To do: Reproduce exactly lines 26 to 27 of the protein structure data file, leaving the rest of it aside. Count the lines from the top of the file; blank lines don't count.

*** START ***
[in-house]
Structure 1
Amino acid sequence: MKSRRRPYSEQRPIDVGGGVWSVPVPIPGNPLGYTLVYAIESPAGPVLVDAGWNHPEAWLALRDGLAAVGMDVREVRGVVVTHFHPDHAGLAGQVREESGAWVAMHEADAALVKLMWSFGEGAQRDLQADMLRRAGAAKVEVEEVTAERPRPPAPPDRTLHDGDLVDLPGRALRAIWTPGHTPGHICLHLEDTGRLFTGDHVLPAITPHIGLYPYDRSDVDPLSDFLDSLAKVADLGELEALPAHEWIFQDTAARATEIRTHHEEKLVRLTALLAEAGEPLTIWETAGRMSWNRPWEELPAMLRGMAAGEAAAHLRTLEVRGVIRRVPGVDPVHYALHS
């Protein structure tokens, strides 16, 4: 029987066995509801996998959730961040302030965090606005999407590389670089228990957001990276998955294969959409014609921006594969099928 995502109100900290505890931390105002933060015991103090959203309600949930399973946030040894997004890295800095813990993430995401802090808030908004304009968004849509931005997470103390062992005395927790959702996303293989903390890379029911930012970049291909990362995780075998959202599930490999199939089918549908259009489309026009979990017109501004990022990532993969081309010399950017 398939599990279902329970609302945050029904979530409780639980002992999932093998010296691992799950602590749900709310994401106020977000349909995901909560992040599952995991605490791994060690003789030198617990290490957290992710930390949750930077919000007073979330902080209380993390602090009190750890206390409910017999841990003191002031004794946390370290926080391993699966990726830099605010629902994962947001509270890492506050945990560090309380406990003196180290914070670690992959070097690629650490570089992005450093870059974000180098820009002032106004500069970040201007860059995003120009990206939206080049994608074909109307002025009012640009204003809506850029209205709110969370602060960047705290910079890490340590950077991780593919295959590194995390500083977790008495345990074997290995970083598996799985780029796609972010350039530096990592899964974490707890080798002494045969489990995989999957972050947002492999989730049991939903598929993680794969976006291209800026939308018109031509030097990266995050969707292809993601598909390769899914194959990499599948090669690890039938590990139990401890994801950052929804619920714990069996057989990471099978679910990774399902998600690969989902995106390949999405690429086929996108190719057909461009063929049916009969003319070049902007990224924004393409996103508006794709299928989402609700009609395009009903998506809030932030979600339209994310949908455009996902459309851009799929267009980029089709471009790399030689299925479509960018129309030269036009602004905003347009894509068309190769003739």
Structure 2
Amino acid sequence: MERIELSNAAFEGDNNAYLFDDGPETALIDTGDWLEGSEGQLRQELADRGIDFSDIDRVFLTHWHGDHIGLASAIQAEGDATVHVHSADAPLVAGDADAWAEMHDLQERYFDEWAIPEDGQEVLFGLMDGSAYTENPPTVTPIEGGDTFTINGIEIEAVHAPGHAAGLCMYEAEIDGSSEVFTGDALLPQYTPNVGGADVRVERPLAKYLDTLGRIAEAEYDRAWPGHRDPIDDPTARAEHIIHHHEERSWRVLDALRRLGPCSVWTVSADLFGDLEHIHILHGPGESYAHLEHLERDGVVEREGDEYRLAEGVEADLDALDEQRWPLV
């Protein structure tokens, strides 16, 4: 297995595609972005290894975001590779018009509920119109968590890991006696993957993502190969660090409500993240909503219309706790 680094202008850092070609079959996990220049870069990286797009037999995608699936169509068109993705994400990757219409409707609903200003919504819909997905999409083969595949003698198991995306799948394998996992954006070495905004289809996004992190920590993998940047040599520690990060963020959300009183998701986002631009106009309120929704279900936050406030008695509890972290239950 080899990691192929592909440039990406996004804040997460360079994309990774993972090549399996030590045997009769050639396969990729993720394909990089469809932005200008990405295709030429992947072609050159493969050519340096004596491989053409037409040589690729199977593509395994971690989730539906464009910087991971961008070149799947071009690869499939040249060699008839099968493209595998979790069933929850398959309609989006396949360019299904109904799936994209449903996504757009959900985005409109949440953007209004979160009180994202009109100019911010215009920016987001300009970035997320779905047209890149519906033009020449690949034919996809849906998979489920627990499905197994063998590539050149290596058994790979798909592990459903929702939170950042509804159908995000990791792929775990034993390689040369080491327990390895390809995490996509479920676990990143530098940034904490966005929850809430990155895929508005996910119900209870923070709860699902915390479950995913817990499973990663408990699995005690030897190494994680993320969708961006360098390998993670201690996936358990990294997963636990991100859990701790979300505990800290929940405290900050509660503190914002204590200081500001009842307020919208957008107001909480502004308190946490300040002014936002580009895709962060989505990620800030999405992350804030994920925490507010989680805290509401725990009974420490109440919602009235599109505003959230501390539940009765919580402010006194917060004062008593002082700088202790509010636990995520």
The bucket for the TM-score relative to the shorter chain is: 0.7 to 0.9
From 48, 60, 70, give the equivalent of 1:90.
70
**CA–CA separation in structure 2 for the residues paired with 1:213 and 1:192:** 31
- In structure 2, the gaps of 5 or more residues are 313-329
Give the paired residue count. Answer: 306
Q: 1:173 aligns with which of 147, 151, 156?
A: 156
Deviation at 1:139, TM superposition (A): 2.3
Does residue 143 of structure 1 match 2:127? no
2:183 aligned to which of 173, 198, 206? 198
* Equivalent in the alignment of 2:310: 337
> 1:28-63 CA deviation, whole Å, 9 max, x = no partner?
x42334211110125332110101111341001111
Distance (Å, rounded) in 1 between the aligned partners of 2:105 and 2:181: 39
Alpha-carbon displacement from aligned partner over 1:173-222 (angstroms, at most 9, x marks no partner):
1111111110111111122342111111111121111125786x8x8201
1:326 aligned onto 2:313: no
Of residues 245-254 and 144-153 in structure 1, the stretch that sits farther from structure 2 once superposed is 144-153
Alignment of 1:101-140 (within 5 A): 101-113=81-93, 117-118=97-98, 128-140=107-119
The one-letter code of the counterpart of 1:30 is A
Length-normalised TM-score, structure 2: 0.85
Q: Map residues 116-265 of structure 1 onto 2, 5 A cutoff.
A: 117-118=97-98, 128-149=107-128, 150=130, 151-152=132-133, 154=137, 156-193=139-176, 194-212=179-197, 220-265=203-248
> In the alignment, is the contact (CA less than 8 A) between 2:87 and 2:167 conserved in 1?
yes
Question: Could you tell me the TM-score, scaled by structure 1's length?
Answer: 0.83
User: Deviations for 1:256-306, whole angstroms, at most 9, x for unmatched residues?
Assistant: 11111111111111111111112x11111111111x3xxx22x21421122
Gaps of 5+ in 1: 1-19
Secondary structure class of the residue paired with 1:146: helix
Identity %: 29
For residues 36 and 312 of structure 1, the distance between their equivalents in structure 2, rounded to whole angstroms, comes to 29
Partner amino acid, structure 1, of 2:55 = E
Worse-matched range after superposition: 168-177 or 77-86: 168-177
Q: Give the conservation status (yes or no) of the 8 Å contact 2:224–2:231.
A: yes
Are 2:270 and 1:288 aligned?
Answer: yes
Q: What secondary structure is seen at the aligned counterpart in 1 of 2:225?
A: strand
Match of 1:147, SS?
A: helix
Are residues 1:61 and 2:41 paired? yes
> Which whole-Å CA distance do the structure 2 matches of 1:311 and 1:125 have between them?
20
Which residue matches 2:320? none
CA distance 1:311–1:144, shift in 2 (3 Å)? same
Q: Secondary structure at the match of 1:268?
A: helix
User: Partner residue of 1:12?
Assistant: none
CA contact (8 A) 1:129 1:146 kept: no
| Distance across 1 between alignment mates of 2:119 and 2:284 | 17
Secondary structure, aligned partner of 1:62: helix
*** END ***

Of residues 245-254 and 144-153 in structure 1, the stretch that sits farther from structure 2 once superposed is 144-153
Alignment of 1:101-140 (within 5 A): 101-113=81-93, 117-118=97-98, 128-140=107-119